Given that the RTA is a member of Austroads, one wonders why none of the above is evident in its practices.
Cartoon about RTA policies


The city intends having hundreds of street furniture items installed and/or replaced throughout the CBD, including 168 bus shelters. These will be privately operated, with the owner entitled to have advertising on them.

The detailed plan displayed at Council's office lacks shelters for the pair of light rail stops near the Entertainment Centre. APT are asking Council to extend the project to include such shelters.


Readers will be aware of proposed extensions of the all-too-short Pyrmont light rail northwards through the city to Circular Quay and westwards under Glebe to Lilyfield. The line would be greatly improved by extensions, particularly the northern, because it would form a base from which radial extensions could grow in various directions. However, at time of writing, the western extension seems the more likely, mainly because of concerted opposition by Pitt St shopkeepers and their landlords who clearly don't want trams passing their shops.

At a public meeting held on 7th August in the CBD, a significant change in the tone of the opposition could be noticed. Some detractors of the proposed City extension seemed to be tarring it with the brush of "yet another profit-otiented transport project", clearly associating it with the poor public image of Sydney's private motorways. However, local member Sandra Nori attended and is supportive of the City proposal.


On 16th June 1997 the U.K. Department of the Environment and the Department of Transport merged to form the Department of the Environment, Transport and the Regions (DETR). Some further information is at http: //www.open.gov.uk/dot/dothome.htm. The new Road Traffic Reduction Act became law late in March. Its movers intended to provide that plans be drawn up to reduce road traffic to 95% of 1990 levels by 2005 and to 90% by 2010 but for expediency they let it be passed without these numbers.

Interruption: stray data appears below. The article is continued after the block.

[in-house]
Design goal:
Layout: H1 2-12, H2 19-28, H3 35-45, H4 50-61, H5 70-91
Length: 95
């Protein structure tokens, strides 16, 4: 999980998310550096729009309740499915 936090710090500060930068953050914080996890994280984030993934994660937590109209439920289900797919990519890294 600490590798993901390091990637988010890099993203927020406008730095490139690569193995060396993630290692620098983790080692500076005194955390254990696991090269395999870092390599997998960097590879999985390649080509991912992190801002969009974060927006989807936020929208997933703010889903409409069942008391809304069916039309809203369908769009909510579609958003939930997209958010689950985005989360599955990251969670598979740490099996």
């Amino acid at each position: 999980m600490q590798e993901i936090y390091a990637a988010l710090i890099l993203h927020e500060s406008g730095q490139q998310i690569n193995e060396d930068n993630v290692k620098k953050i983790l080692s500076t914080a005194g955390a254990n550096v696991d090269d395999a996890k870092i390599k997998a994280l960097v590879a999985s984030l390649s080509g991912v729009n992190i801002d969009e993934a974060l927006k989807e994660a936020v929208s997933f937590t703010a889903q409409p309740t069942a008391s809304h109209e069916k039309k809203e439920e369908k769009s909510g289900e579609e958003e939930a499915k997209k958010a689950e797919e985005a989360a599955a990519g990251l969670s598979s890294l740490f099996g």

Following some experiences of incomplete or downright wrong information being given, APT have written to the Minister asking when the standard of service will be improved. You could do the same. This service is contracted-out to Serco Australia.

Readers may have noticed a story in the Daily Telegraph of 15th May saying how residents of the western suburbs were asking for many local people to call 131500 complaining about the lack of a similar service for most of the private bus lines which comprise much of the public transport in the west. Westbus has its own 24-hour service on 9890-0000.


People who were complaining five years ago about this station were fobbed off with the stock answer that it was about to receive a major upgrade, and so there was no point in spending any money on it. With the upgrade now deferred, we can once again call for a few simple things like more seats on the platforms.


The new Olympic Roads and Transport Authority held a two-day workshop at Merrylands in July to which they invited many parties with an interest in transport. The programme of the event was to describe to these people the transport task faced for the Olympic Games and the work done so far in planning to carry out that task. Delegates were then asked to assist in strategic planning.

Although many delegates were amateurs at transport planning, the Authority probably killed two birds with one stone at that workshop. In the first place, it was a major piece of public consultation. Secondly, the combined wisdom and practical experience of those present probably contributed many ideas that the professionals would not have thought of in a reasonable time.